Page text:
Parliament: Investors must do their part by only taking risks they can live with

Investors "need to pay close attention to what is disclosed, look beyond potential returns and assess if they can also accept the risks that come with specific investments", said Mr Ong Ye Kung, Monetary Authority of Singapore board member.
Investors "need to pay close attention to what is disclosed, look beyond potential returns and assess if they can also accept the risks that come with specific investments", said Mr Ong Ye Kung, Monetary Authority of Singapore board member.ST PHOTO: DESMOND WEE

SINGAPORE - Regulators can ensure that investors have access to important company information but people must also be aware of their risk appetite before committing their money, said Mr Ong Ye Kung, Monetary Authority of Singapore board member.

"Risks are inherent in investment," said Mr Ong, who is also Education Minister, during the debate on the budget for the Prime Minister's Office on Thursday (Feb 28).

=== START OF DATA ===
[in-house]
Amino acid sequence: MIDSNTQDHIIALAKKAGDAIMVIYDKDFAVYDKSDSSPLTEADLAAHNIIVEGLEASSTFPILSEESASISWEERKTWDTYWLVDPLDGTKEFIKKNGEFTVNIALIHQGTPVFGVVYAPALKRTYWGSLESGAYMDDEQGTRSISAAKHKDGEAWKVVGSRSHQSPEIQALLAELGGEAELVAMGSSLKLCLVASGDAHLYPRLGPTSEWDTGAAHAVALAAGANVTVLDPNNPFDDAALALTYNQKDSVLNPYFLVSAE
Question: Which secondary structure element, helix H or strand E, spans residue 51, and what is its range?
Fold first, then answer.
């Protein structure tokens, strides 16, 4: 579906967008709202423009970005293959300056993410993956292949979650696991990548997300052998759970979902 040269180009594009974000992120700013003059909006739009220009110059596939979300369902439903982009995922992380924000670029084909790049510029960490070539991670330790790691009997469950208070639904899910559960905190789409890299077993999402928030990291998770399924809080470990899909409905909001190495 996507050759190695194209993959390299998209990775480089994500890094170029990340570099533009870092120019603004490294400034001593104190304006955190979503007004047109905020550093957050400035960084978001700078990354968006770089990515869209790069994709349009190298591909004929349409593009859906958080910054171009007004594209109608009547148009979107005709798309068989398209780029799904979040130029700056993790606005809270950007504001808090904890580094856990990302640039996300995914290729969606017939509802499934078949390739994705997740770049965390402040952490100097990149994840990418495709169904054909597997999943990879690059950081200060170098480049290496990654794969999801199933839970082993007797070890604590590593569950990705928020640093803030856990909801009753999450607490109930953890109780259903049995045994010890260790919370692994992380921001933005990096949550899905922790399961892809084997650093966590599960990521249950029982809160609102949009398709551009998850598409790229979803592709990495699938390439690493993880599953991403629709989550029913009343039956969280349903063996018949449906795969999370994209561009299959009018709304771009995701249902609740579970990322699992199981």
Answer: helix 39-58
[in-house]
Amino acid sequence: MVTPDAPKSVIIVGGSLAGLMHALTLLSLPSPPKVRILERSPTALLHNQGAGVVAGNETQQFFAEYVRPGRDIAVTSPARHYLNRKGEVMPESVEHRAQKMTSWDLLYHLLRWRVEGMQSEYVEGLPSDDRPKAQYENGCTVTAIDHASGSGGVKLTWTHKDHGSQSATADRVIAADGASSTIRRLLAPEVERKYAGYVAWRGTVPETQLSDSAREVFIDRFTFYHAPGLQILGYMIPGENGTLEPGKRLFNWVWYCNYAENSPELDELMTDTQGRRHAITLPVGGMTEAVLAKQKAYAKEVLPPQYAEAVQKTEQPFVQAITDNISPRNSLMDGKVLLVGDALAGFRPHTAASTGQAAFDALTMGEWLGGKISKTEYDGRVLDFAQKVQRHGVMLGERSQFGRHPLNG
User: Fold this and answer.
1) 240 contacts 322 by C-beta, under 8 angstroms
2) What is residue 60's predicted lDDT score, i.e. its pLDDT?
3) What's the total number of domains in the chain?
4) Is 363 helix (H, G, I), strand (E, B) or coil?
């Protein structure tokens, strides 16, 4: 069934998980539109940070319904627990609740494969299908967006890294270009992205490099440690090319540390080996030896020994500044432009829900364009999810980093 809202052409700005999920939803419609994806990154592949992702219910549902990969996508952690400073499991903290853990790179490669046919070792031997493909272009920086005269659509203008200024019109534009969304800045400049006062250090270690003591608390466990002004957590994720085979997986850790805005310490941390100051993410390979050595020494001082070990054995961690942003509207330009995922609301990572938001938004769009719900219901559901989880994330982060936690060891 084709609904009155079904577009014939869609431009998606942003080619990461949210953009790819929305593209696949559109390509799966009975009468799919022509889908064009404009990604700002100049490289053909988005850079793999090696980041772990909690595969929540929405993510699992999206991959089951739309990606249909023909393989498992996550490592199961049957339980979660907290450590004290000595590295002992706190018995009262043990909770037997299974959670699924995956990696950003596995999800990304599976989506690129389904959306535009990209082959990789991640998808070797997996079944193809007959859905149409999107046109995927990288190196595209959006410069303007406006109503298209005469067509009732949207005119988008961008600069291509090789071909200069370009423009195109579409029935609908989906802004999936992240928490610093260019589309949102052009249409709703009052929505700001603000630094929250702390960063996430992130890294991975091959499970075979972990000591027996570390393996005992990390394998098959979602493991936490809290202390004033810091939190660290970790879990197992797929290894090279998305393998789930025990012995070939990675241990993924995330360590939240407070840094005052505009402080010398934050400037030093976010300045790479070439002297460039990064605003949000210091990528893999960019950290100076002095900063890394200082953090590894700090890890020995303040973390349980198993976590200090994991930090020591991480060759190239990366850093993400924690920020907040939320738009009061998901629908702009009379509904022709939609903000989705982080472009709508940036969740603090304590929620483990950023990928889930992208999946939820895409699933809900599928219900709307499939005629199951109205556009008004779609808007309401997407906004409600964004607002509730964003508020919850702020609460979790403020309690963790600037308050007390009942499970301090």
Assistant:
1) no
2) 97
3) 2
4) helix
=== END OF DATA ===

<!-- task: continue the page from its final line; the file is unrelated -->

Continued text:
A key aim of regulation is to require that investors have access to "up-to-date, material information such as a listed company's financial conditions and prospects, in order to make informed investment decisions", he said.

But investors also "need to pay close attention to what is disclosed, look beyond potential returns and assess if they can also accept the risks that come with specific investments".

Mr Ong was responding to Non-Constituency MP Dennis Tan's question on how standards of corporate governance can be improved.

Mr Tan pointed out in Parliament that recent scandals surrounding Keppel Offshore & Marine's bribery charges and Hyflux's court-ordered restructuring have highlighted how poor corporate governance can have potential market implications.

Shareholder value and investor confidence can be affected as a result, he added.

 
 

Mr Tan urged the Government to set up an independent task force to evaluate the need for an agency to provide oversight on corporate governance standards and to improve audit quality.

Mr Ong said the central bank and the Singapore Exchange oversee corporate governance standards in listed companies.

The Accounting and Corporate Regulatory Authority is "responsible for upholding financial reporting and audit quality by inspecting the statutory audits performed by public accountants".

The regulators will "continue to calibrate rules and work with stakeholders... to strengthen" standards and practices here.

"We will continue to educate the investing public on the trade-off between risk and return through the MoneySense programme," said Mr Ong, referring to the national financial education programme.